"Buenos dias", "buenas noches" -- this was the first words in a foreign language I heard in my life, as a three-year old boy growing up in developing post-war Western Germany, where the first gastarbeiters had arrived from Spain. Fascinated by the strange sounds, I tried to get to know some more languages, the only opportunity being TV courses of English and French -- there was no foreign language education for pre-teen school children in Germany yet in those days. Read more
To find some answers Tim Machan explores the language's present and past, and looks ahead to its futures among the one and a half billion people who speak it. His search is fascinating and important, for definitions of English have influenced education and law in many countries and helped shape the identities of those who live in them.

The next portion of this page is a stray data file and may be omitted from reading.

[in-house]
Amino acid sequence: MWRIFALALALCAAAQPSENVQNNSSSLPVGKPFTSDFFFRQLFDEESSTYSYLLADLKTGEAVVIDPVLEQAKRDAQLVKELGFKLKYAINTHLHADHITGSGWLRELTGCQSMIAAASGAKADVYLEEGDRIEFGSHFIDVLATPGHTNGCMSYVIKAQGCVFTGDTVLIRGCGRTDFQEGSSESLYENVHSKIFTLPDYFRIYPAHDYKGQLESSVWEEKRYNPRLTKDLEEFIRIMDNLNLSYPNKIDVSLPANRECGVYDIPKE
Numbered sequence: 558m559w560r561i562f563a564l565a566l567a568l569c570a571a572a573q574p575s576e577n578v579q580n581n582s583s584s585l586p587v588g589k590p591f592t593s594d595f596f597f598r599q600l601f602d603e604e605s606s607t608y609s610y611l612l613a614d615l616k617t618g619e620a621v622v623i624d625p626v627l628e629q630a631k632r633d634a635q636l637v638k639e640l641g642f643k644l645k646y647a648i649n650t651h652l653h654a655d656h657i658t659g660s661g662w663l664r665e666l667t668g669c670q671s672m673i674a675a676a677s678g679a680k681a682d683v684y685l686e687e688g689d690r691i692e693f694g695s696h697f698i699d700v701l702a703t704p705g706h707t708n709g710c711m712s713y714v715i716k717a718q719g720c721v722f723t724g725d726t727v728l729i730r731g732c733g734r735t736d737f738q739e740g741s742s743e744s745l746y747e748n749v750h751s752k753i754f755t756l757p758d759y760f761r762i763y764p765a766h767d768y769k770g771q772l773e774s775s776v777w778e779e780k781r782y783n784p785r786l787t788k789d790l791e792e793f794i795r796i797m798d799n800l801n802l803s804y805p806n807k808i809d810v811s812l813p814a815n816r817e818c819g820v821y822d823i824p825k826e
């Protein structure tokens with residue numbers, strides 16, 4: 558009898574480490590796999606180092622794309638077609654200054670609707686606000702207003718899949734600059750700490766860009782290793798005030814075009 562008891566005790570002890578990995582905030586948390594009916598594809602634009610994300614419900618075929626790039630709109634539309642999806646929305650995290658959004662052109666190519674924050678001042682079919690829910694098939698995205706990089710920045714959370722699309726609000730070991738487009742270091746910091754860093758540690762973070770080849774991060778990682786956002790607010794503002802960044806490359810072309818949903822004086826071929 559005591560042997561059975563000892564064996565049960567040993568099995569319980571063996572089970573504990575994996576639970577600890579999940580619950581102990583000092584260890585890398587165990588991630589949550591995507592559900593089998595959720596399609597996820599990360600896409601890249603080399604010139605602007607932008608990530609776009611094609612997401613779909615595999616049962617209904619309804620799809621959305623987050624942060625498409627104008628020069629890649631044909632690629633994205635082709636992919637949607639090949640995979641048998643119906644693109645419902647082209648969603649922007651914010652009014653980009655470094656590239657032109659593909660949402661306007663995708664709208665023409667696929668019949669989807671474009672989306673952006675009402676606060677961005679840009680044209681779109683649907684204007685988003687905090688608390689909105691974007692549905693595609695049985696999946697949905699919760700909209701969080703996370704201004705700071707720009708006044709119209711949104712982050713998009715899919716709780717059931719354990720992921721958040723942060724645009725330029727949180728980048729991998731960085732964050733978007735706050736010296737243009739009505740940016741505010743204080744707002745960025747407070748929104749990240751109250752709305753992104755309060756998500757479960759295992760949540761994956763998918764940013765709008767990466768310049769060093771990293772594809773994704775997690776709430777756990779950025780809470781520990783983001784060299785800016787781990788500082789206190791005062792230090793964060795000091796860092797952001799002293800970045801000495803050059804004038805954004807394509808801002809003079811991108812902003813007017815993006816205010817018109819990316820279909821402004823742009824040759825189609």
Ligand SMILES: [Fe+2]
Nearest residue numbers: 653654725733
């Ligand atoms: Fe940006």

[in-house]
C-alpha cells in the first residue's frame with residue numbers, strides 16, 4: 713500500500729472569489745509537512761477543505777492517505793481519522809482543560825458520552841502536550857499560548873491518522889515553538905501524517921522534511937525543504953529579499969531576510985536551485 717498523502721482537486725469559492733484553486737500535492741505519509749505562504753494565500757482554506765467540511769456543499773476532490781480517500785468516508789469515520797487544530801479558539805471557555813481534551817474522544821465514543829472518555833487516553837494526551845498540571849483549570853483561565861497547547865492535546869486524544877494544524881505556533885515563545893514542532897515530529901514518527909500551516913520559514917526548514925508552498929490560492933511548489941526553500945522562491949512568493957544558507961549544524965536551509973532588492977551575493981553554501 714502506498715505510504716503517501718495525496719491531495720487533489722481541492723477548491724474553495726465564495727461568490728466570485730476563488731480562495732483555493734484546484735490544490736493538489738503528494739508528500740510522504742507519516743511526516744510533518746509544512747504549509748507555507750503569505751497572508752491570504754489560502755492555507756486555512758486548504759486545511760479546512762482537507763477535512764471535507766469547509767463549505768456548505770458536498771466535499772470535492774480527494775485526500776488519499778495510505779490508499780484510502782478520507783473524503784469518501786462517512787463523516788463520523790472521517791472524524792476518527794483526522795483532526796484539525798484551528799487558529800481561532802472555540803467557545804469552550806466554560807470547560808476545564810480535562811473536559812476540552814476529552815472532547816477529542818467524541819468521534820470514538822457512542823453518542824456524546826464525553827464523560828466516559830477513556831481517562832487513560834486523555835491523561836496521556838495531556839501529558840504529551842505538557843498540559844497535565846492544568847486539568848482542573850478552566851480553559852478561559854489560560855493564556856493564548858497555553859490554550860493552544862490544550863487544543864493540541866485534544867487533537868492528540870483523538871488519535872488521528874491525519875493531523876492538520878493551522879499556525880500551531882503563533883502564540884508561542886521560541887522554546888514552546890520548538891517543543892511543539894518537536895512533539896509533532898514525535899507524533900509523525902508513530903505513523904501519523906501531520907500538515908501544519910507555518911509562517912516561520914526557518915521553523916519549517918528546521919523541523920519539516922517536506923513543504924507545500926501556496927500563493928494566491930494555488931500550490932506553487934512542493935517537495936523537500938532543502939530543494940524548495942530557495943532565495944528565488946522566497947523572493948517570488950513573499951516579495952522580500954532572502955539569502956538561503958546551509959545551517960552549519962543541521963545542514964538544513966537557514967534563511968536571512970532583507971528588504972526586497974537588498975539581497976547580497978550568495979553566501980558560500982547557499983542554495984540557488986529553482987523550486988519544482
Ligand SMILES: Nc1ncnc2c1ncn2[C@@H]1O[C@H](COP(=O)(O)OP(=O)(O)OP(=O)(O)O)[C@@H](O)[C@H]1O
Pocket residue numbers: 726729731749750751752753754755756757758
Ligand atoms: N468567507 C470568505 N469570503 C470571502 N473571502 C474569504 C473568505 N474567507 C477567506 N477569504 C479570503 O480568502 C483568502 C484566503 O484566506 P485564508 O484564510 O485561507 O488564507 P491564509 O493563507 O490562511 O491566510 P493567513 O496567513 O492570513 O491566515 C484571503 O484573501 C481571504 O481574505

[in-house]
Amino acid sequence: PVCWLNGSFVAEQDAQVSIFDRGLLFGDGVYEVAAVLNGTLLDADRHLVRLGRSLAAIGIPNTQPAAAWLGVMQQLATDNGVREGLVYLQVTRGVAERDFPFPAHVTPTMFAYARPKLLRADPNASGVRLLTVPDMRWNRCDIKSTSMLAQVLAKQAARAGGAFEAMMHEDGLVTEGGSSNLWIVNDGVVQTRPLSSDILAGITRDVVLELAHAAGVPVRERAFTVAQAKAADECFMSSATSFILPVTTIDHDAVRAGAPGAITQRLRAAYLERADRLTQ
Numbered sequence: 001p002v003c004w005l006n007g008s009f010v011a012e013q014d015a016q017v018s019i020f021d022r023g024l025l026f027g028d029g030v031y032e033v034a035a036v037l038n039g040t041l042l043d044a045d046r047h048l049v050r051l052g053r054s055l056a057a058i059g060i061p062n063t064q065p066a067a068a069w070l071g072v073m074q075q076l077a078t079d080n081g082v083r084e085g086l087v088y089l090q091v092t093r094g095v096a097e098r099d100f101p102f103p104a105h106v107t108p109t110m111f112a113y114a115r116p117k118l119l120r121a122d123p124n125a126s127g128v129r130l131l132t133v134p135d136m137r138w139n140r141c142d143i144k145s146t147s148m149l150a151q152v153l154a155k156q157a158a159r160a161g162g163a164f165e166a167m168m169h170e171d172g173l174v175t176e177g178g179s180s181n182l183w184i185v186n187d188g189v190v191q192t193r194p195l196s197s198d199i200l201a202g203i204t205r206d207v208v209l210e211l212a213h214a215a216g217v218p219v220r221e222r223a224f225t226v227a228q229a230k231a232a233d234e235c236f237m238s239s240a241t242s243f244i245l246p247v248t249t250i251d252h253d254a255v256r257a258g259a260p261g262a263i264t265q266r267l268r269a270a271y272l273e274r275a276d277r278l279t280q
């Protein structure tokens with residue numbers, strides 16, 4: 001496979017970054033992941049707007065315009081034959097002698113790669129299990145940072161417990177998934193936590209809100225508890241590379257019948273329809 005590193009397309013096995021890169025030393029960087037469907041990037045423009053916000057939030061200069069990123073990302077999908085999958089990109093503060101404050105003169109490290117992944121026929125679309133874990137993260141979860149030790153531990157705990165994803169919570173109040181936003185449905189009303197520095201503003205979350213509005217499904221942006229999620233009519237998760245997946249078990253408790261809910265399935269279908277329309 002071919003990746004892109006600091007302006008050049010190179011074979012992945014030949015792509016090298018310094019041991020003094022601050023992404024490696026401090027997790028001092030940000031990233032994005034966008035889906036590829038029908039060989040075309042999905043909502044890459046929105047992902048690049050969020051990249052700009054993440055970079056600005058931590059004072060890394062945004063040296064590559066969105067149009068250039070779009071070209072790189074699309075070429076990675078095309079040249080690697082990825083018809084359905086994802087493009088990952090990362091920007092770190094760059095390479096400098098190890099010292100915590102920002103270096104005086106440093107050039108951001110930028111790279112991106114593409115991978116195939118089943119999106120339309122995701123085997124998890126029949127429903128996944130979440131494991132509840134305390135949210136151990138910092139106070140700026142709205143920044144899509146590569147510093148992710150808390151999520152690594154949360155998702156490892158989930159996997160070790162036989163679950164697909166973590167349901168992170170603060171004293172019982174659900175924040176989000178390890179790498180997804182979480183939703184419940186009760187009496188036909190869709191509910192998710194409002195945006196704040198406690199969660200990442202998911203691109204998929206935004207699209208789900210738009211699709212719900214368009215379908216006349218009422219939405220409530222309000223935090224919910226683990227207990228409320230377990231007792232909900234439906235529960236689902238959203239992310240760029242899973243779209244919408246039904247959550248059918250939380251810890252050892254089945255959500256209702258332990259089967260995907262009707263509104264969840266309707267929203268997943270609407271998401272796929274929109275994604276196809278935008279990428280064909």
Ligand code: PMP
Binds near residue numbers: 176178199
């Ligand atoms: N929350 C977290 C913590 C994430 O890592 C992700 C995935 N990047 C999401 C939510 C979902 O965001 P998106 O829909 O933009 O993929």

This volume provides a new perspective on the evolution of the special language of medicine, based on the electronic corpus of Early Modern English Medical Texts, containing over two million words of medical writing from 1500 to 1700.
The book offers a detailed critique of the economy-of-derivation model of grammar that has emerged within the framework of Chomsky's Minimalist Program. It looks at the conceptual and computational complexity problems as well as the empirical consequences of both global and local economy principles. The book compares the economy-of-derivation model with a local constaint model of grammar that does not invoke conditions on sets of derivations or on possible operations in a derivation. It argues that the pure local constraint model of grammar avoids the complexity problems resulting from economy-of-derivation principles and provides a more satisfactory explanation of the linguistic facts that economy theorists have cited in support of their approach. The local constraint model also allows for a more natural and empirically well-motivated grammatical architecture than the one postulated by the Minimalist Program.